This book is one of my favourite books thus far, though that may be the case it is not desirable for me to have to buy the book twice. However, my dedication to my reading, and this particular story, has me budgeting to buy a copy of the book, again. Since the day I lost it, I have not stopped thinking about Nelio and the book itself. It almost became an “obsession” to me. This had me wondering whether it is even possible for a person to become addicted to reading I am not at all a reading addict, however, what if there is someone out there who is addicted to reading and how extreme could a reading addiction possibly be?

Yes, I know, my mind wanders and I sometimes think about the most random of things… but what if?

reading-addiction

Fear is stupid

Karen Jayes’ attitude is the kind of attitude which I aspire to have.

Having grown up in similar circumstances, I admire her bravery. When she spoke of her over baring father, being a child of paranoid and overprotective parents, I knew all too well what she was referring to. I guess the difference between her and me is that she did not let the protective shell her father kept her in stop her from making bold decisions.

After I get my degree, I would like to pack my bags and explore the world, learning about people and telling their stories. I am hesitant though because I have my parents to deal with, and I am still weighing the probabilities of the likelihood of my survival as a young journalist; especially with talks about writing being a dead end career.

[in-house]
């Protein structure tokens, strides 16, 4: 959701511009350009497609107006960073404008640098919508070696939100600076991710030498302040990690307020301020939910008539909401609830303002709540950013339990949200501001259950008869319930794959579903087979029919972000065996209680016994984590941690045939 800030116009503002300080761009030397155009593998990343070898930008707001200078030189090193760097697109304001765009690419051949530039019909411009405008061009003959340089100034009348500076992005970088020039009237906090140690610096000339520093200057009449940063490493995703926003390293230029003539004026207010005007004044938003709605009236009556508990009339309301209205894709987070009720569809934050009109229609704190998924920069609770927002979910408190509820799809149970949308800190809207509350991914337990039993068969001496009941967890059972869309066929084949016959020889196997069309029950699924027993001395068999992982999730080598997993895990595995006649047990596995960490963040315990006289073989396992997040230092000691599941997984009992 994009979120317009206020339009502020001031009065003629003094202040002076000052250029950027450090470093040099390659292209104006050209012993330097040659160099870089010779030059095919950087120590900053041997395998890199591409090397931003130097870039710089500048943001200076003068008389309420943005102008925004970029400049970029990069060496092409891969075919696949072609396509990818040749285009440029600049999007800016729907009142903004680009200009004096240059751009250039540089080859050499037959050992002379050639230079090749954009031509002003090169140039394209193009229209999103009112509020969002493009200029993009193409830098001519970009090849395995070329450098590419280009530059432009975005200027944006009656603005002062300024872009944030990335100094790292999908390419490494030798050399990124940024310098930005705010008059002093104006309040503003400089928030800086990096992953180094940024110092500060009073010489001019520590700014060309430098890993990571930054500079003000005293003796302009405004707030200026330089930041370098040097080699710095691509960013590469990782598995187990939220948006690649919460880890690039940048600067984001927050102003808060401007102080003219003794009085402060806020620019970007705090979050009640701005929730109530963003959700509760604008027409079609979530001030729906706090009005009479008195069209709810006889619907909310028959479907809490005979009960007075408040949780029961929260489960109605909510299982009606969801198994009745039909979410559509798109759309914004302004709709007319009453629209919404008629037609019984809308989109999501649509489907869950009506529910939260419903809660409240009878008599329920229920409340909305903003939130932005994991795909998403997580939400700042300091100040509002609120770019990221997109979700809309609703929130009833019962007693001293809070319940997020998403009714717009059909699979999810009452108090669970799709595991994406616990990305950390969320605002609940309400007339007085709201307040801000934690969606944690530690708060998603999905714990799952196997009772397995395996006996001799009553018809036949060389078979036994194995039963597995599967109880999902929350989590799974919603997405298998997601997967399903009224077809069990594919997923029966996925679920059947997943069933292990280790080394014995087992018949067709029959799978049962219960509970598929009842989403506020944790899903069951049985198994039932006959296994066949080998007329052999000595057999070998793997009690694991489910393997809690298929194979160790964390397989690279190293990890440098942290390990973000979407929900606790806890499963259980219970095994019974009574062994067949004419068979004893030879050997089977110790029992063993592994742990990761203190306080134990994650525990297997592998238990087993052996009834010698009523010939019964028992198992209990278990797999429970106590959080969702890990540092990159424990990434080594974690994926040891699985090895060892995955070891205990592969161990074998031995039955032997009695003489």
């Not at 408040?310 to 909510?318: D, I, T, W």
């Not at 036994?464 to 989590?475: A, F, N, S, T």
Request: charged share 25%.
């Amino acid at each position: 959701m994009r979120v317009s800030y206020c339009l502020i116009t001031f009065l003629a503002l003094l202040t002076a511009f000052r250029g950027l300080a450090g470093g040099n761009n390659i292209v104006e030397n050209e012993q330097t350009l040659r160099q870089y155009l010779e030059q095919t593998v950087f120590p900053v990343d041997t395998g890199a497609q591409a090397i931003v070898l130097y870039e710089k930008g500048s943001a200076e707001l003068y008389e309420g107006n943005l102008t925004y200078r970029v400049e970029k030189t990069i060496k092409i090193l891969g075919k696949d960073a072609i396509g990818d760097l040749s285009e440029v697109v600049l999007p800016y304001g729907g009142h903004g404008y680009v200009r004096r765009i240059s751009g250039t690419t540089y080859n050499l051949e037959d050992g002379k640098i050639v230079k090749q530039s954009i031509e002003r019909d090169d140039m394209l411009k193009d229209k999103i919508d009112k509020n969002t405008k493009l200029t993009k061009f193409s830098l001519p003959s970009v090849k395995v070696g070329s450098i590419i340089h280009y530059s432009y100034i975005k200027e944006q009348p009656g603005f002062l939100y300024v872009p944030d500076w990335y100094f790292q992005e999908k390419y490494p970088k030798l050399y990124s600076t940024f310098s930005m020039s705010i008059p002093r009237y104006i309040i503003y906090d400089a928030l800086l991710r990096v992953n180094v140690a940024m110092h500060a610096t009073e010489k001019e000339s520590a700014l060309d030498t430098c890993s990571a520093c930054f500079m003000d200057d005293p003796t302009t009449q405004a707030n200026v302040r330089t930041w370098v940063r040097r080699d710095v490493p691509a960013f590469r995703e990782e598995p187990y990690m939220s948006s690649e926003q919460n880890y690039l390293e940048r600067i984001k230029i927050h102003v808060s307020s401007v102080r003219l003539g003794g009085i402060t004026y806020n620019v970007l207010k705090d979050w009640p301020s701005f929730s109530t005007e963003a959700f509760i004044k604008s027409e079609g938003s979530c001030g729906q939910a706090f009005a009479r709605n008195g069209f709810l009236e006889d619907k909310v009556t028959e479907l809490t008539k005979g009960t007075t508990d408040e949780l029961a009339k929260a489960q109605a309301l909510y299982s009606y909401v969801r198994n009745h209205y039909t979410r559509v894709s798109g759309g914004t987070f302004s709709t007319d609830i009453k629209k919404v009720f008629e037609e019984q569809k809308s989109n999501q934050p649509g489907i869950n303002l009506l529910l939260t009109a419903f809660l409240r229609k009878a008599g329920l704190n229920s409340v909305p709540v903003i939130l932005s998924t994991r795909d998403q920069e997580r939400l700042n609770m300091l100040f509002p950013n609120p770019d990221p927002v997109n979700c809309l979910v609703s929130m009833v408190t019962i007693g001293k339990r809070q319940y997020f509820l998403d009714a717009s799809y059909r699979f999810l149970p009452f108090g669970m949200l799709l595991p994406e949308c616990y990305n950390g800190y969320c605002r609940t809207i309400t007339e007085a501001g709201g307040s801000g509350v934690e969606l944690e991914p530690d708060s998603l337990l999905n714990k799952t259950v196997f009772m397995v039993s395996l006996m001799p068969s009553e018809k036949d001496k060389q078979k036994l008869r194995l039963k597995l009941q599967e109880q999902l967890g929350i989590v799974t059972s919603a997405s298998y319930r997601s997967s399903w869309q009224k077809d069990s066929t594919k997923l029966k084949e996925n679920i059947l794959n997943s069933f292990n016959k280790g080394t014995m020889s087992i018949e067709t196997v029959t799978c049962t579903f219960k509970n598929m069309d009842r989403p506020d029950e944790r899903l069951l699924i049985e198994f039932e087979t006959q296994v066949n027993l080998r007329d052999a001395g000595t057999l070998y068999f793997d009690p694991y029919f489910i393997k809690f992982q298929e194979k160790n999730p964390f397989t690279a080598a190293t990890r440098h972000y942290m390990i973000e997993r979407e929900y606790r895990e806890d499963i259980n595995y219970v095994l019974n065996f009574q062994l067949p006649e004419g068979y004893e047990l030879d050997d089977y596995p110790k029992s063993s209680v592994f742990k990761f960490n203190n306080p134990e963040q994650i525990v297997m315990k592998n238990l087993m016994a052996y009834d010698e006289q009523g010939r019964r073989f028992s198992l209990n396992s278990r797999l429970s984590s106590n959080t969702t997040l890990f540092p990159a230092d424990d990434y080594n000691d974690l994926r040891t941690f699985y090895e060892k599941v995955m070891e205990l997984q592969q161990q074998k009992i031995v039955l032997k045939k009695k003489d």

Karen Jayes’ father was over baring yet she still managed to go to the Middle East and cover the unrest, though she was later summoned home after suffering a rubber bullet wound. I want to be able to tell my parents that I’m about to leave and still manage to be immune to their concerns and discouragement.

Instead, I have taken the safe route, literally. I have chosen a career in law because let’s face it, it would offer more financial security than being a freelance writer would, and the law profession does not often require a person to travel to dangerous places and risk their life. I like security, but I want to live as well. I suppose what haunts me the most is the fear of failure. I would not say that I am afraid of being in a foreign place and being away from my parents, what I fear though is the thought of failing at life, and failing as a journalist.

What is somewhat comforting though is the fact that my fear is not abstract, it is real. Jayes herself experienced struggles as a journalist; namely that she struggled to get her book published and she currently has 25 unpublished short stories. The reality of life however, is that it is not smooth sailing. Regardless of what you do in life, there will be challenges, so why play it safe when there are guaranteed obstacles regardless of what you do or where you go?

I must say that I admire Karen Jayes’ ability to not conform. Coming from a non-Muslim family of accountants and doctors yet still having the will to stand up for what she wants by becoming a journalist instead and converting to Islam. This is something to admire in my books.

The Journalism lecture of the 10th of August of 2014 gave me a different perspective on my own life. I realised that doing what you want to do is not that difficult. Perhaps I should stop raising the excuse that my parents are overprotective and would not allow it. Monday the 10th was a reality check for me, and I did not mind it much. It is about time you grow up Zinhle Hlatshwayo, make your own decisions.

What it means to be a writer

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To me, writing is not a trivial activity but a cure for emotional baggage. The words of American writer, Solotaroff make sense to me when he says that writing is not necessarily a matter of talent.